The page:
1 Feb 1998 21:41:13 -0500

Related articles |
---|

LL(2) always factorable to LL(1)? aduncan@cs.ucsb.edu (Andrew M. Duncan) (1998-01-17) |

Re: LL(2) always factorable to LL(1)? clark@quarry.zk3.dec.com (Chris Clark USG) (1998-01-20) |

Re: LL(2) always factorable to LL(1)? bill@amber.ssd.csd.harris.com (1998-01-21) |

Re: LL(2) always factorable to LL(1)? mickunas@cs.uiuc.edu (1998-01-23) |

Re: LL(2) always factorable to LL(1)? cfc@world.std.com (Chris F Clark) (1998-01-23) |

Re: LL(2) always factorable to LL(1)? parrt@magelang.com (Terence Parr) (1998-01-23) |

Re: LL(2) always factorable to LL(1)? thetick@magelang.com (Scott Stanchfield) (1998-01-24) |

Re: LL(2) always factorable to LL(1)? parrt@magelang.com (Terence Parr) (1998-02-01) |

From: | Terence Parr <parrt@magelang.com> |

Newsgroups: | comp.compilers,comp.compilers.tools.pccts |

Date: | 1 Feb 1998 21:41:13 -0500 |

Organization: | MageLang Insitute |

References: | 98-01-071 98-01-080 98-01-086 98-01-100 |

Keywords: | parse, LL(1) |

Scott Stanchfield hath spake:

Has anyone proven that the set of languages that can be represented by

a predicated LL(k) grammar is a proper subset of those that can be

represented in LR(k)?

Actually predicated-LL(k) is a superset of LR(k).

There are two augmentations of LL(k) to produce predicated LL(k)

grammars as I define them (from well-known techniques):

o arbitrary lookahead (backtracking): syntactic predicate.

o altering the parse according to semantic information: semantic predicate.

Both of these have been used for ages by folks building hand-built and

some automatic language tools.

Arbitrary lookahead for LR is stronger than LR(k) for any finite k if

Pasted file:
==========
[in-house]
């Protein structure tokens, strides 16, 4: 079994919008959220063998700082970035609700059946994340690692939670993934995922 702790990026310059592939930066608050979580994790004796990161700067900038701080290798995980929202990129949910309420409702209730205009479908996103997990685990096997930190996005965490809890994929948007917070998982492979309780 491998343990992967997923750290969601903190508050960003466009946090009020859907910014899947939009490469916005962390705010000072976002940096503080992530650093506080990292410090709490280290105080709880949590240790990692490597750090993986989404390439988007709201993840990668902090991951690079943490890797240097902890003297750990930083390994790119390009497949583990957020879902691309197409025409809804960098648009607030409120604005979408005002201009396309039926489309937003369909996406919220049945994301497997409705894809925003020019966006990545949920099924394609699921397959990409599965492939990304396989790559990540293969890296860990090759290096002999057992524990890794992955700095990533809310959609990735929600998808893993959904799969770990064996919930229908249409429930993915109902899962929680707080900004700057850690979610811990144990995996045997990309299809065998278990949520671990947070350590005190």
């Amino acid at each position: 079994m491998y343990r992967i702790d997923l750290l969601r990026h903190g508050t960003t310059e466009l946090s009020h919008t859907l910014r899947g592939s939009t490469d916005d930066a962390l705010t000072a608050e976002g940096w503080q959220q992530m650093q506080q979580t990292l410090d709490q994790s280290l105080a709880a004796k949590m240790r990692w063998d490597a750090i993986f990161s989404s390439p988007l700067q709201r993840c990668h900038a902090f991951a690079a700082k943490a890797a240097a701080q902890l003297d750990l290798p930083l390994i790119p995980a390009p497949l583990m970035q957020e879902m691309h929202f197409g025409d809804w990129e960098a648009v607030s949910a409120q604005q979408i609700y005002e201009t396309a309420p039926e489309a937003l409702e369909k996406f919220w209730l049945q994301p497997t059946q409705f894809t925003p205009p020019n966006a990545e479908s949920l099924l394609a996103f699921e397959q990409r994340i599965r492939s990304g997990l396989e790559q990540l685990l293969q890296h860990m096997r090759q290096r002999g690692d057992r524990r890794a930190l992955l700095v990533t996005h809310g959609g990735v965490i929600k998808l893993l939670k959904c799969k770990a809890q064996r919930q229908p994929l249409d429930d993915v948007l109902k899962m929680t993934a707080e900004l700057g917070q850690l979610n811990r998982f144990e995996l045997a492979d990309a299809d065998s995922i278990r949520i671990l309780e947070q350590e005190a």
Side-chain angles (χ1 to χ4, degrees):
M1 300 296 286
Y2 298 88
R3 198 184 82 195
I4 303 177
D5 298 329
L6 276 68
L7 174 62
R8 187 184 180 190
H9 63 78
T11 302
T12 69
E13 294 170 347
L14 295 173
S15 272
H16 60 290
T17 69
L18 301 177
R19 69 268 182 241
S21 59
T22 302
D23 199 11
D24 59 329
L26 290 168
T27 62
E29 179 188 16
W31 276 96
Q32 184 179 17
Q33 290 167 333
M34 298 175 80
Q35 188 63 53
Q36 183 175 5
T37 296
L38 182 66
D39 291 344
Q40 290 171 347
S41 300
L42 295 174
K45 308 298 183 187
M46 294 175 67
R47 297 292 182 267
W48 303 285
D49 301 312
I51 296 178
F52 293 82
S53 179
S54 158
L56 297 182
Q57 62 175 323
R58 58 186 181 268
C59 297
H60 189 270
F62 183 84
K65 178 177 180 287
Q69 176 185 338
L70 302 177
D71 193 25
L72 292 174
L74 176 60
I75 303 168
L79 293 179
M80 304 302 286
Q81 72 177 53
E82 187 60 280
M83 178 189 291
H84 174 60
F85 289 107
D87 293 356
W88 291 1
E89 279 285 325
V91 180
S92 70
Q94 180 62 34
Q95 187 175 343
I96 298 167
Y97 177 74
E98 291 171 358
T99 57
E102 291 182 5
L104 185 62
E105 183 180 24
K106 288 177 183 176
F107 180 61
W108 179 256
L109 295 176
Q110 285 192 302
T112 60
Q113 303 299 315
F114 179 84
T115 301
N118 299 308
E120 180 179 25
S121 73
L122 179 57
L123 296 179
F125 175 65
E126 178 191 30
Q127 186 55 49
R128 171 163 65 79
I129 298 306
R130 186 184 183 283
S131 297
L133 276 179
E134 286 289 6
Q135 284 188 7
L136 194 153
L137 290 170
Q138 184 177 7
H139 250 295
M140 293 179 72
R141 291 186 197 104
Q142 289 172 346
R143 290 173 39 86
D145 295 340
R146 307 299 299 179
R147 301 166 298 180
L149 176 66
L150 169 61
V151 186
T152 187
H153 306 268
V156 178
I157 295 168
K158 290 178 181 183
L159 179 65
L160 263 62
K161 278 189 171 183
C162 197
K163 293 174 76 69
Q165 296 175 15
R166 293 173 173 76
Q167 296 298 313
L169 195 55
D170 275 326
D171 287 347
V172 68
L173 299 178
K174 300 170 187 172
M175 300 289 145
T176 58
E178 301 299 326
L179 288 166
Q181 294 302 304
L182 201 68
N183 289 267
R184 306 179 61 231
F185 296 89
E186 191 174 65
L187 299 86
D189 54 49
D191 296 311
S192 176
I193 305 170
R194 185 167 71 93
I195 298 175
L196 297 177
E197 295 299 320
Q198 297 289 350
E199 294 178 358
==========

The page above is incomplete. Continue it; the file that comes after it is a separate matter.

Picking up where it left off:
you want a finite grammar. ;) LR(k+1) is stronger than LR(k) IF you

cannot rewrite the grammar, hence, lookahead can only help. OTOH, If

I remember correctly, the size of the LR(1) equivalent of an LR(k)

grammar has a k term in the size function, leading one to conclude

that the LR(1) grammar would be infinitely large for infinite k. Or,

perhaps more simply, LR(k)==LL(k) for grammars with actions in the

worst case and we know large lookhahead helps LL.

Showing semantics help is more obvious as it adds a whole new

dimension (that of context-sensitivity) to your parser. CFL are a

subset of the context- sensitive languages. People have overcome this

limitation by transforming context-sensitive constructs to

context-free grammars by having the lexer return context-sensitive

token streams, leaving the parser CF. Unfortunately, this trick gets

screwed up with k>1 lookahead, which we know leads to stronger parsers

(particularly with arbitrary lookahead). It is best to leave

semantics in the parser where they belong. I.e., it is best to use

type : {isType(LT(1))}? ID ;

rather than

type : TYPENAME ; //lexer calls isType() to distinguish ID,TYPENAME

Anyway, predicated-LL(k) parsers are much stronger than pure

LR(k) parsers.

Regards,

Terence

--

Post a followup to this message

Return to the
comp.compilers page.

Search the
comp.compilers archives again.